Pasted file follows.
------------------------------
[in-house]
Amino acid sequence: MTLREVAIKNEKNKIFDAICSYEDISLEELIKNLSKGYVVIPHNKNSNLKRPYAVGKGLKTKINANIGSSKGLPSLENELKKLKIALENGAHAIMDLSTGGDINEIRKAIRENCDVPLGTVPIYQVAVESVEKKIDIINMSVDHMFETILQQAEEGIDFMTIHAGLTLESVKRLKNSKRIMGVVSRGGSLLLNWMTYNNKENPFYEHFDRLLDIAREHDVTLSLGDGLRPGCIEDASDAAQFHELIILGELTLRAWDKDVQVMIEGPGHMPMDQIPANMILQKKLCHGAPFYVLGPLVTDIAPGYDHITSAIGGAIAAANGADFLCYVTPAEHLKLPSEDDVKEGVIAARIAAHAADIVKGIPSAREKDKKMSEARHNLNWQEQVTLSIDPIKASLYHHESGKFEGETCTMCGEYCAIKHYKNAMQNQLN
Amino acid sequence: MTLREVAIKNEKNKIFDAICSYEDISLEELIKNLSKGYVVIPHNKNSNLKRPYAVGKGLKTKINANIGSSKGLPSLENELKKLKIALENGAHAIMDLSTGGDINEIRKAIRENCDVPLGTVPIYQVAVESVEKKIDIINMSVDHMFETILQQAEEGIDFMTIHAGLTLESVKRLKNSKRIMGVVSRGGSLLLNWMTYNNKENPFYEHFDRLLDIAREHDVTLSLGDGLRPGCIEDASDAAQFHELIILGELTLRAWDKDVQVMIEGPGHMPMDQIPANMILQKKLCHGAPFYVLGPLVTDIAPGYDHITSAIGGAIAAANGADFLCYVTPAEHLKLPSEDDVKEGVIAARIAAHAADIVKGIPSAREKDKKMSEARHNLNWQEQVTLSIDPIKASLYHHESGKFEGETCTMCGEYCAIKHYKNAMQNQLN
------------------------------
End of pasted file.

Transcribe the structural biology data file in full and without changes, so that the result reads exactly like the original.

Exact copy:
[in-house]
Amino acid sequence: MTLREVAIKNEKNKIFDAICSYEDISLEELIKNLSKGYVVIPHNKNSNLKRPYAVGKGLKTKINANIGSSKGLPSLENELKKLKIALENGAHAIMDLSTGGDINEIRKAIRENCDVPLGTVPIYQVAVESVEKKIDIINMSVDHMFETILQQAEEGIDFMTIHAGLTLESVKRLKNSKRIMGVVSRGGSLLLNWMTYNNKENPFYEHFDRLLDIAREHDVTLSLGDGLRPGCIEDASDAAQFHELIILGELTLRAWDKDVQVMIEGPGHMPMDQIPANMILQKKLCHGAPFYVLGPLVTDIAPGYDHITSAIGGAIAAANGADFLCYVTPAEHLKLPSEDDVKEGVIAARIAAHAADIVKGIPSAREKDKKMSEARHNLNWQEQVTLSIDPIKASLYHHESGKFEGETCTMCGEYCAIKHYKNAMQNQLN
Amino acid sequence: MTLREVAIKNEKNKIFDAICSYEDISLEELIKNLSKGYVVIPHNKNSNLKRPYAVGKGLKTKINANIGSSKGLPSLENELKKLKIALENGAHAIMDLSTGGDINEIRKAIRENCDVPLGTVPIYQVAVESVEKKIDIINMSVDHMFETILQQAEEGIDFMTIHAGLTLESVKRLKNSKRIMGVVSRGGSLLLNWMTYNNKENPFYEHFDRLLDIAREHDVTLSLGDGLRPGCIEDASDAAQFHELIILGELTLRAWDKDVQVMIEGPGHMPMDQIPANMILQKKLCHGAPFYVLGPLVTDIAPGYDHITSAIGGAIAAANGADFLCYVTPAEHLKLPSEDDVKEGVIAARIAAHAADIVKGIPSAREKDKKMSEARHNLNWQEQVTLSIDPIKASLYHHESGKFEGETCTMCGEYCAIKHYKNAMQNQLN